|Was||Historian Parson Priest|
|Type||Religion Social science|
|Birth||1635, Klaipėda, Lithuania|
|Death||1704, Wejherowo, Poland (aged 69 years)|
Matthäus Prätorius (c.1635–c.1704) was a Protestant pastor, later a Roman Catholic priest, a historian and ethnographer. Prätorius is thought to have been born in Memel (Klaipėda). He probably grew up speaking both German and Lithuanian, which helped him when preaching to the ethnic Lithuanians in Ducal Prussia. His work about Prussia and its culture, Deliciae Prussicae, oder Preussische Schaubühne, resembles the work of Christoph Hartknoch, with whom he collaborated. Prätorius' work provides much more ethnographic information regarding local Lithuanians and Old Prussians. It was only published partially, in 1725 (in Erleutertes Preußen), 1731 (in Acta Borussica) and 1871. A complete edition, in seven volumes, with original German text and Lithuanian translation, is under preparation in Lithuania. In 1701, having converted from Protestantism to Roman Catholicism, he appealed against an ongoing case of witch-hunt. He died in Wejherowo (Weyherststadt). In Orbis Gothicus and Mars Gothicus sustained that Prussia was the original land of Goths and that Goths can be identified as being "prussians, lithuanians, samogitians and curonians [latvians]".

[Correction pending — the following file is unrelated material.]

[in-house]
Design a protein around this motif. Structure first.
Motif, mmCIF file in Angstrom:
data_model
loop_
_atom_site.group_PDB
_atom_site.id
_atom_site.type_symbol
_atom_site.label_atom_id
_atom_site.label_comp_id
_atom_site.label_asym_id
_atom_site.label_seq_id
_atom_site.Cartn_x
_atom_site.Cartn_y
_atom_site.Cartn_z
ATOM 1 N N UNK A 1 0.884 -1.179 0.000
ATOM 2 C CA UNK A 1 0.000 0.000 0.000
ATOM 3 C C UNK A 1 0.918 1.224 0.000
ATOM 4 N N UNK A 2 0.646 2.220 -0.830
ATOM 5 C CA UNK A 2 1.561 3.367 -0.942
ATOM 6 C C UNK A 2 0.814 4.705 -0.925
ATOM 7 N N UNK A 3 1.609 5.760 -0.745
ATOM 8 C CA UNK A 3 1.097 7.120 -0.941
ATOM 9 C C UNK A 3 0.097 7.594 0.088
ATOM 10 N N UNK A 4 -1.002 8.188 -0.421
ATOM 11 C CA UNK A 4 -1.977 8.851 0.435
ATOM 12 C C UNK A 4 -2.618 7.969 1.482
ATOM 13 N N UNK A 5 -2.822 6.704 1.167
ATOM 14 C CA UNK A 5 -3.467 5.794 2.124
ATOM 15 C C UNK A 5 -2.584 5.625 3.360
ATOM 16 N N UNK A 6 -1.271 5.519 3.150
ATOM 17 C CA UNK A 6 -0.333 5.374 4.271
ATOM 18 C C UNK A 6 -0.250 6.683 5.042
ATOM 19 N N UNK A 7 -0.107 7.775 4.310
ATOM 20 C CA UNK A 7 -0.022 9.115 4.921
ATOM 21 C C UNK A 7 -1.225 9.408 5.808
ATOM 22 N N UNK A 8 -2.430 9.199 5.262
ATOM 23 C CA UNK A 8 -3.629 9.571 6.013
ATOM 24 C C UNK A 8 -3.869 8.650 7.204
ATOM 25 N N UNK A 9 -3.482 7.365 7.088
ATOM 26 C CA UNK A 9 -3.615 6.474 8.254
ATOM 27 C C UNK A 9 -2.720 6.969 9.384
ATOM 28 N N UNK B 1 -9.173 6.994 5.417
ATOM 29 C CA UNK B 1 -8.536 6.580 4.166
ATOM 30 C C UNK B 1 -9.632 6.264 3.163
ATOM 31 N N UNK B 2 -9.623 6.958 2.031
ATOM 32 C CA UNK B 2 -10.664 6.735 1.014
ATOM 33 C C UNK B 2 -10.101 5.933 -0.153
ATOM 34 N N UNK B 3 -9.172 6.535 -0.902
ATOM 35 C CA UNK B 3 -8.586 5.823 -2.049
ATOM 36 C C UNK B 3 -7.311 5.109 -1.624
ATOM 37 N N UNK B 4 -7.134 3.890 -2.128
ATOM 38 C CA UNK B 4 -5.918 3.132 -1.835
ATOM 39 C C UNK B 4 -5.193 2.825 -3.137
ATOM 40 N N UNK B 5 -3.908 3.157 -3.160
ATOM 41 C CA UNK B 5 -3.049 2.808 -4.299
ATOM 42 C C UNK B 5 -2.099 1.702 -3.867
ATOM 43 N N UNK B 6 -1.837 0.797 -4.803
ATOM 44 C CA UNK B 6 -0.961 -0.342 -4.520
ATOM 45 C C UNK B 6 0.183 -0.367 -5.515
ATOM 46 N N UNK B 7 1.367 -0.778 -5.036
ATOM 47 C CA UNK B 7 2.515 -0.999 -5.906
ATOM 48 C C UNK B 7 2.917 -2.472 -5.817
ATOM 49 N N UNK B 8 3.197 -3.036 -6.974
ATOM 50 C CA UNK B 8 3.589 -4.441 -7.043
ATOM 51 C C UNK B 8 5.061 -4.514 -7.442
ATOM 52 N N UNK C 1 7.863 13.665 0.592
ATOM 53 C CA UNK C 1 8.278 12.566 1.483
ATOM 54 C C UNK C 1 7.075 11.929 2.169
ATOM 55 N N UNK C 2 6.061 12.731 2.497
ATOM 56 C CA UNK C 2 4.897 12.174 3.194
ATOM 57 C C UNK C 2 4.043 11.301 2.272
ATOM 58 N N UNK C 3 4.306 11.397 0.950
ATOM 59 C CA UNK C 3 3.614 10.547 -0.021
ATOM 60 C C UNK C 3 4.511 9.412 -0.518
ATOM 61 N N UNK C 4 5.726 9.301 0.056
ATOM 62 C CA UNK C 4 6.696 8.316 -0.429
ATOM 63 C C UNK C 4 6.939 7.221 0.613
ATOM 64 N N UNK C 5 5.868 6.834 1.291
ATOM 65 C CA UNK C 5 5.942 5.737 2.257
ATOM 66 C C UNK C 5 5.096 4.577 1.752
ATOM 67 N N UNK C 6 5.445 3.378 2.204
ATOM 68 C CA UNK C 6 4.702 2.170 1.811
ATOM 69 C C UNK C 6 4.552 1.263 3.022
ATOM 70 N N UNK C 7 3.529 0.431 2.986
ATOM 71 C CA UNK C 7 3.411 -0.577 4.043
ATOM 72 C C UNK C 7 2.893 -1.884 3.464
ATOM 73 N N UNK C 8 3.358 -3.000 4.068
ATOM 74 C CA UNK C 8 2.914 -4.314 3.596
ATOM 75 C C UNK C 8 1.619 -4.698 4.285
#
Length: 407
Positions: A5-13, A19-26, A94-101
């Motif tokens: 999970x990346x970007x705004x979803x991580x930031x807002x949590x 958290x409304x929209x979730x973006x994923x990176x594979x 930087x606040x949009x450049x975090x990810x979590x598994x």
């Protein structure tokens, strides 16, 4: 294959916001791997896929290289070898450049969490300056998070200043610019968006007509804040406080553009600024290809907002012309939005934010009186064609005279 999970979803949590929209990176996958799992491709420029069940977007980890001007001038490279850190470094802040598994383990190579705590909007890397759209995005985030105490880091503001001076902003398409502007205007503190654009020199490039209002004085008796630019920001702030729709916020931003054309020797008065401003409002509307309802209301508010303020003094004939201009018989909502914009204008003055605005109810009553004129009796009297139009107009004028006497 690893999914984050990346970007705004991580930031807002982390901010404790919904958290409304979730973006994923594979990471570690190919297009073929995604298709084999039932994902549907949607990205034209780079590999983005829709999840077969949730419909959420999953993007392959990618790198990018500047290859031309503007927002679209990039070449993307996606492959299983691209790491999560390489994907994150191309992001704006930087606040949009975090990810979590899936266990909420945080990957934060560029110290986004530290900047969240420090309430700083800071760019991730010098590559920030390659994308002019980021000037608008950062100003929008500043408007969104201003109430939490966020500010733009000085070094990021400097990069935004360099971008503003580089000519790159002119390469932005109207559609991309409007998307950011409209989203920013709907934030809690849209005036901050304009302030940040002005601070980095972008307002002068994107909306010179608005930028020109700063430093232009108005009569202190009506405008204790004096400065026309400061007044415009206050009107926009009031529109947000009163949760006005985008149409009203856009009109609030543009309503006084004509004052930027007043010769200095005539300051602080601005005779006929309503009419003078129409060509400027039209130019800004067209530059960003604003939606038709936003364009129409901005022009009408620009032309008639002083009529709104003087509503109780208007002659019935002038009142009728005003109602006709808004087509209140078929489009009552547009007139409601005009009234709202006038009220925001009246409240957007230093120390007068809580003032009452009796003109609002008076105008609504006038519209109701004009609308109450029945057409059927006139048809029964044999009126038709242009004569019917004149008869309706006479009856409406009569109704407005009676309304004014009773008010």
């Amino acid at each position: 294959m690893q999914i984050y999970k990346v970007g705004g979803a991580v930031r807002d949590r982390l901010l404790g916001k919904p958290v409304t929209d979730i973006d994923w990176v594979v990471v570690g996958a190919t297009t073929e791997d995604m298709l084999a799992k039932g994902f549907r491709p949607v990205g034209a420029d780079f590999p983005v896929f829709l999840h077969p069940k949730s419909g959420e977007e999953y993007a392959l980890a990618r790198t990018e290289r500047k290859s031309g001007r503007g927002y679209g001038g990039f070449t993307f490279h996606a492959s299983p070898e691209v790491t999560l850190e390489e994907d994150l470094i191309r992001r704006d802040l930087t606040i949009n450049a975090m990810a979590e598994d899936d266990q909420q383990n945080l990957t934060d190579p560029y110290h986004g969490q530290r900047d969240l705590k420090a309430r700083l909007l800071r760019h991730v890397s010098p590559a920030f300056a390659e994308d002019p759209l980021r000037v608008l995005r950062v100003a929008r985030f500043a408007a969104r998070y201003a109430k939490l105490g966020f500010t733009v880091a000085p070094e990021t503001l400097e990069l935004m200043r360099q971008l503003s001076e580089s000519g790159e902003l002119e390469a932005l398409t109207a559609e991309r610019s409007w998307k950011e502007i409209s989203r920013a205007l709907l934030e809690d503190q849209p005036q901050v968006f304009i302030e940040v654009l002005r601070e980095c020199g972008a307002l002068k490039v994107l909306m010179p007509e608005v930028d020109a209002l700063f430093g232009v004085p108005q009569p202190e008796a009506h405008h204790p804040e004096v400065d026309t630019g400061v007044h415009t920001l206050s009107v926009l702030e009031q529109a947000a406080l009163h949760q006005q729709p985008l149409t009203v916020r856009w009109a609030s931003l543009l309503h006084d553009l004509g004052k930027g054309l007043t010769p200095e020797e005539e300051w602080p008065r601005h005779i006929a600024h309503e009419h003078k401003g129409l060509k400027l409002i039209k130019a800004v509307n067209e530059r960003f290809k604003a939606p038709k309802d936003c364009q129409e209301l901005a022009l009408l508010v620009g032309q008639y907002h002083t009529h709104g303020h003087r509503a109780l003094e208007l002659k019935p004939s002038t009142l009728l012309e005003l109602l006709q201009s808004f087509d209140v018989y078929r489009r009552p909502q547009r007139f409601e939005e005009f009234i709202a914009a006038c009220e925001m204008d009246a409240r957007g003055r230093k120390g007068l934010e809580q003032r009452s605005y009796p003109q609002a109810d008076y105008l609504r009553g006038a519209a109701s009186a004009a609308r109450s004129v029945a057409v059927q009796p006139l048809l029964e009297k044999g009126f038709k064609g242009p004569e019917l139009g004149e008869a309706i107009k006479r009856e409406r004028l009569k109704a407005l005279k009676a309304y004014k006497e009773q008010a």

Tuba pacis, 1685, 1711, 1820 Scutum Regium, 1685 Orbis Gothicus, 1688-1689 Mars Gothicus, 1691 Deliciae Prussicae oder Preussische Schaubühne, 1689 manuscript Matas Pretorijus / / Matthew Praetorius. Prūsijos įdomybės, arba Prūsijos regykla / / Deliciae Prussicae or Prussian theater. Edited by Inge Lukšaité and Vilija Gerulaitienė. Vilnius: Pradai. Vol 1 (1999), Vol 2, ed. Inge Lukšaité in collaboration with V. Gerulaitienė, M. Čiurinskas, I. Tumavičiūtė, Vilnius: Lietuvos istorijos instituto Leidykla, (2004), Vol 3, hersg. Inge Lukšaité with the collaboration of M. Girdzijauskaitė, p Drevello, J. Kilius, Čiurinskas M., (2006) Vol 4, hersg. Inge Lukšaité in collaboration with V. Gerulaitienė, J. Kilius, T. Veteikis, Vilnius. Lietuvos istorijos instituto Leidykla, (2011) ISBN 9986-776-82-1 (for all 7 vol).